“Think about the feeling of this area,” Susan Harden told about 40 people, urging them to absorb how they react to Laguna Beach’s most contentious downtown real estate as they walked towards the Laguna Canyon art festival sites.
The unusual field trip to the corner of Forest Avenue and Broadway Street this past Tuesday was part of the city’s effort to involve the public in identifying ways to beautify parking lots at the city’s main gateway. As if on cue to demonstrate the challenge of creating an inviting space for pedestrians amid an influx of vehicles, the group was first interrupted by the scream of a fire engine and then again by cars entering a parking lot, parting the crowd down the middle.
The project area encompasses the sidewalk and parking lots west and north of City Hall, and the beautification plan is to include landscaping, foot and bike paths, and renovation of the historic sewer digester building’s exterior.
The project has been a source of controversy for years, right up to the City Council’s 3-2 decision in April to hire Irvine-based RBF Consulting to engage residents in discussions about beautification concepts and to build community consensus for a design.
That process was put to its first test Tuesday.
“Tonight is a learning experience to start gathering input that will help design the project,” said Deputy City Manager Ben Siegel. It has the potential to become “an outstanding gateway to the city” and should integrate the Festival of Arts’ newly completed façade and landscaping, he said.
Participants received workbooks outlining nine points along a walking tour of the project site, with ample space for feedback. Anyone who missed the workshop can pick up workbooks at a project booth at the farmers’ market Saturday, or access a digital version online and provide feedback after a self-guided tour. Completed workbooks can be dropped off at City Hall, or scanned and emailed.
Before hitting the pavement, Harden asked participants to consider the site in the context of uses by City Hall and the farmers’ market, of pedestrian and vehicle access and transit stops, and of surrounding businesses, including the Festival of Arts and the Laguna Playhouse.
She also highlighted regulatory constraints. For example, OC Flood Control would nix any cover over the creek that bisects the site, she said.
And Harden noted that the existing 397 spaces must remain in number, if not location. So any spaces supplanted by landscaping or pathways would have to be replaced, likely through a combination of reconfiguring the lots and using some or all of the 60 to 65 spaces in the recently acquired Christmas tree lot next to Tivoli Too.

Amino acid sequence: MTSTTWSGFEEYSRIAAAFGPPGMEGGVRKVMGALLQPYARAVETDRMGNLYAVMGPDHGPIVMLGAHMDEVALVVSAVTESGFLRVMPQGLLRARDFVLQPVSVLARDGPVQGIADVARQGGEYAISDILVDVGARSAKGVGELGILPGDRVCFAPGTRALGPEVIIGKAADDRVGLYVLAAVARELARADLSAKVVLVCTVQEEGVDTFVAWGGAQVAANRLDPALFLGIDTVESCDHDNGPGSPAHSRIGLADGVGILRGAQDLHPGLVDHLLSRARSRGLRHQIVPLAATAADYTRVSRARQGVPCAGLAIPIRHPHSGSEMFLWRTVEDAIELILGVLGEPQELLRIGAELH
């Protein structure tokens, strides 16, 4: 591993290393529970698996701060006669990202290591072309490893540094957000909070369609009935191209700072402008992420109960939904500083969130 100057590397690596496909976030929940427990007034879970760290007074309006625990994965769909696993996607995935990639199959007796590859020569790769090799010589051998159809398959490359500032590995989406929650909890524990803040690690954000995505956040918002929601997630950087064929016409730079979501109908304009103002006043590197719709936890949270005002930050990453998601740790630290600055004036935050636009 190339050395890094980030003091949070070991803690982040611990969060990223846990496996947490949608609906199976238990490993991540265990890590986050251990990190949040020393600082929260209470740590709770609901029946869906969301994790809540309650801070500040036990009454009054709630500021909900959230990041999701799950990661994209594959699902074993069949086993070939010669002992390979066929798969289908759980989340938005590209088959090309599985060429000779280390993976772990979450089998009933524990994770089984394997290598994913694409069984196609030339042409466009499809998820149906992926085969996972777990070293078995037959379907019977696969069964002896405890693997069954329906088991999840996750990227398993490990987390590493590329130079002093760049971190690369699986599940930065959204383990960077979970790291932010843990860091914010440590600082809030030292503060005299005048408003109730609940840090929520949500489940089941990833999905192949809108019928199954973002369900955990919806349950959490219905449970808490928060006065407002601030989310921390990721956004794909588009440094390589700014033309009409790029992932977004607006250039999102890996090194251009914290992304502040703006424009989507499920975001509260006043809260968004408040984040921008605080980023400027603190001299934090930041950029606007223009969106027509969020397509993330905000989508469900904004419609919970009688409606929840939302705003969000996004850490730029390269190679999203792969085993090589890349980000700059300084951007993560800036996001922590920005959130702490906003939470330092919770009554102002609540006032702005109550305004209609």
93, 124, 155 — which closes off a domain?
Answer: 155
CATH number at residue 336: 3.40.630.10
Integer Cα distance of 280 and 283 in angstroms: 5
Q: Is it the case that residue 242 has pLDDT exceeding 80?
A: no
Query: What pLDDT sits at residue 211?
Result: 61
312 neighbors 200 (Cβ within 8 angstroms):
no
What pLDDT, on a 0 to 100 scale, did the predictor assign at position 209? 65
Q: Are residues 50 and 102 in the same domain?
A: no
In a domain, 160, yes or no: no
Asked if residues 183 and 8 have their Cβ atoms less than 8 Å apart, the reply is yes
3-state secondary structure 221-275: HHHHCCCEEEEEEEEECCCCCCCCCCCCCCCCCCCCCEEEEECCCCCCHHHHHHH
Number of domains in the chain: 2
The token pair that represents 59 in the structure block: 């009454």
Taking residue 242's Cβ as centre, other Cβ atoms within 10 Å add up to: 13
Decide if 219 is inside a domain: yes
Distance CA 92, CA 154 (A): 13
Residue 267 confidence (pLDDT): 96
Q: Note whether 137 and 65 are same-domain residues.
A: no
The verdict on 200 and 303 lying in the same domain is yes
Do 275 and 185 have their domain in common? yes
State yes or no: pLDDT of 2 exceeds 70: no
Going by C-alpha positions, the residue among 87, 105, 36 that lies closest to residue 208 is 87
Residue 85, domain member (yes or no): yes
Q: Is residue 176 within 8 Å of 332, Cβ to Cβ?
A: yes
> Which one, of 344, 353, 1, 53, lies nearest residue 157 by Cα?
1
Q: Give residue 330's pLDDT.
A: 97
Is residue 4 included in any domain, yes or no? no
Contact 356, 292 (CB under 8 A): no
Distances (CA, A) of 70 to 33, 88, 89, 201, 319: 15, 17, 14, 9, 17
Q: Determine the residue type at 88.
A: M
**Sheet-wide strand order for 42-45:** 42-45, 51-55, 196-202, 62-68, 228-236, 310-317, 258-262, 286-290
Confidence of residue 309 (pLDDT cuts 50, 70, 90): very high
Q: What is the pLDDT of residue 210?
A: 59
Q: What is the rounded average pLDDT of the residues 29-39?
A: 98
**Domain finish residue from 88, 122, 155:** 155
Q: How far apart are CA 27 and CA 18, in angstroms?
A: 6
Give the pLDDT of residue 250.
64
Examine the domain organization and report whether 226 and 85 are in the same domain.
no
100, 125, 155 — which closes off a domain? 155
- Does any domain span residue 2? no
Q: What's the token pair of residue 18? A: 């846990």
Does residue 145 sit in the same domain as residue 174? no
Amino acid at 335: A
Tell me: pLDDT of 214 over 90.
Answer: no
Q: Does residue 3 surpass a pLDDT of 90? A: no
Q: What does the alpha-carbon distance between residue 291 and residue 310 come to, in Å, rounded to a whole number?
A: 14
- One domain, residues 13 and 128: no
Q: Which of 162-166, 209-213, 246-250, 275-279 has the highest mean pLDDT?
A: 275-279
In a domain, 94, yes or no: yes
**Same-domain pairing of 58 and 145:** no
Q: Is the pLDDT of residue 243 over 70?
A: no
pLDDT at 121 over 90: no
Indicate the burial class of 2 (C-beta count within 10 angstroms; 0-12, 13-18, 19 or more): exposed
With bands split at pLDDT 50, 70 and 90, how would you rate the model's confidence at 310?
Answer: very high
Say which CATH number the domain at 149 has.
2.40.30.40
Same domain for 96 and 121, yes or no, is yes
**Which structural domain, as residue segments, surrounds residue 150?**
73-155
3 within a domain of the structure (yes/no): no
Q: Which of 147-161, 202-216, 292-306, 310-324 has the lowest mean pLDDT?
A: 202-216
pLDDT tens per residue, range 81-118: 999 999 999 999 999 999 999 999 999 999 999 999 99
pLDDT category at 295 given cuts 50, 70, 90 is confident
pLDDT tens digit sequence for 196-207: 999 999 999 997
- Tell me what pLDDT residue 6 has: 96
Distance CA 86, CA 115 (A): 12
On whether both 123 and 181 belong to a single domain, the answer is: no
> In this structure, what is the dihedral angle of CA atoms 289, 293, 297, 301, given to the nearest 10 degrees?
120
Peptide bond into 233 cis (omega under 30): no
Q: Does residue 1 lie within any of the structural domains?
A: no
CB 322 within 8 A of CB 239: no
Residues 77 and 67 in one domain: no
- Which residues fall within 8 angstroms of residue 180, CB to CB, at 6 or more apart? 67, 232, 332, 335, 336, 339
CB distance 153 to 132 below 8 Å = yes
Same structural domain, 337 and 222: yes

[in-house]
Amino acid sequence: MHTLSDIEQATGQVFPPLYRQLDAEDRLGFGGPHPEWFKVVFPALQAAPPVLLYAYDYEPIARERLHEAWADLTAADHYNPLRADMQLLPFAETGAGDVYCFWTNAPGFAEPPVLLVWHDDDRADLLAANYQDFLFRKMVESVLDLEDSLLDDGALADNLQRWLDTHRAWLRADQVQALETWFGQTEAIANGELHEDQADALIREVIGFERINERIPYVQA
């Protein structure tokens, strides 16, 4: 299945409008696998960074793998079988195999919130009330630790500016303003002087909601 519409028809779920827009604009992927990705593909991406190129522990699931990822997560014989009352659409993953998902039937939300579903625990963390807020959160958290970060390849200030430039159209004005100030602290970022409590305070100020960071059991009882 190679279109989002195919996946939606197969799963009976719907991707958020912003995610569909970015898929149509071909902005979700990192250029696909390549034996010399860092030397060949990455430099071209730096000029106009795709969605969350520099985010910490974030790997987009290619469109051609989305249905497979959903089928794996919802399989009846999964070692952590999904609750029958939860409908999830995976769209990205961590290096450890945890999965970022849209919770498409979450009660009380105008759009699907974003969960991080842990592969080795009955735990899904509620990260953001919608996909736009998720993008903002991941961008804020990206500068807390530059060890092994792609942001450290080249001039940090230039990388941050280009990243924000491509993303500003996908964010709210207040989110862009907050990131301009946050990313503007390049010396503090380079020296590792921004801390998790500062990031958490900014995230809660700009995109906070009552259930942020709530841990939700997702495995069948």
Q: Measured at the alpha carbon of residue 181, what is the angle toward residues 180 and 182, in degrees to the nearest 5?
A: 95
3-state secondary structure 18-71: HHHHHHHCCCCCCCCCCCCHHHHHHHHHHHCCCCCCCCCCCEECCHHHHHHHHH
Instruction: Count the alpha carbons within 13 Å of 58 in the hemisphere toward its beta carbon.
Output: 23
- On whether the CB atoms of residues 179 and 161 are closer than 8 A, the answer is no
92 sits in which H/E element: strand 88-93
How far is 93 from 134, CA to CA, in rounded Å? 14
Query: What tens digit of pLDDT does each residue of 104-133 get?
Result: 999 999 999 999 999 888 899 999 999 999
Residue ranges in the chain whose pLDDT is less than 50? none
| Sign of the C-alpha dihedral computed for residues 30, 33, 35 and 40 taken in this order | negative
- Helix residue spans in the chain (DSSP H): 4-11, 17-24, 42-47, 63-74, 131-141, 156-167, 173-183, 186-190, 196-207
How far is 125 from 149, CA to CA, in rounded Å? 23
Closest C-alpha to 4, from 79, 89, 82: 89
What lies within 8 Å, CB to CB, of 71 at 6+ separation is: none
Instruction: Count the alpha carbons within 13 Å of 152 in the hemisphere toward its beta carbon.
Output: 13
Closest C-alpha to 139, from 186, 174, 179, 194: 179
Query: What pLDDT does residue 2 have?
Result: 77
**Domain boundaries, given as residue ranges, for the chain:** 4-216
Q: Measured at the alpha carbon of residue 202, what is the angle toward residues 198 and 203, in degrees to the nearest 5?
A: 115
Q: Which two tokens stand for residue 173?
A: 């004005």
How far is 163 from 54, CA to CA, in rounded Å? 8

The tin-roofed, vine-covered carports would remain, as would the fuel pumps, she said, but other structures, such as an ugly corrugated metal storage building, were expendable.
The group then navigated narrow sidewalks and parking lots up to Tivoli Too! and back, stopping to ask questions and make suggestions, all the while weaving between cars and pedestrians en route to the Sawdust Festival’s opening party.
Lorene Auger suggested that landscaping could buffer pedestrians from traffic noise. John Albritton countered that a creek-side walkway would be even better. Another resident proposed a barrier between cyclists and walkers. Leah Vasquez called for highlighting the natural features of the canyon.
Other suggestions included repurposing the Christmas tree lot as a transit stop and widening the creek.
Behind the dilapidated carports, sheltered from the setting sun, talk turned to shade, green roofs, and solar panels. Consideration of the changing grade, potentially allowing another level under the carports without increasing height, brought enthusiastic proposals for double-deck parking or added storage space.
Harden said comments and suggestions received during the workshop, online and at future outreach events through mid-August will be incorporated into the next phase.
That will involve a hands-on design workshop in September with maps and other tools to lay out more concrete design concepts. The last phase involving schematic design and engineering will culminate with a pop-up onsite workshop, allowing residents to evaluate first-hand things such as width and placement of pathways and different kinds of possible materials. The concept should be finalized for Planning Commission and Council review by next spring, Harden said.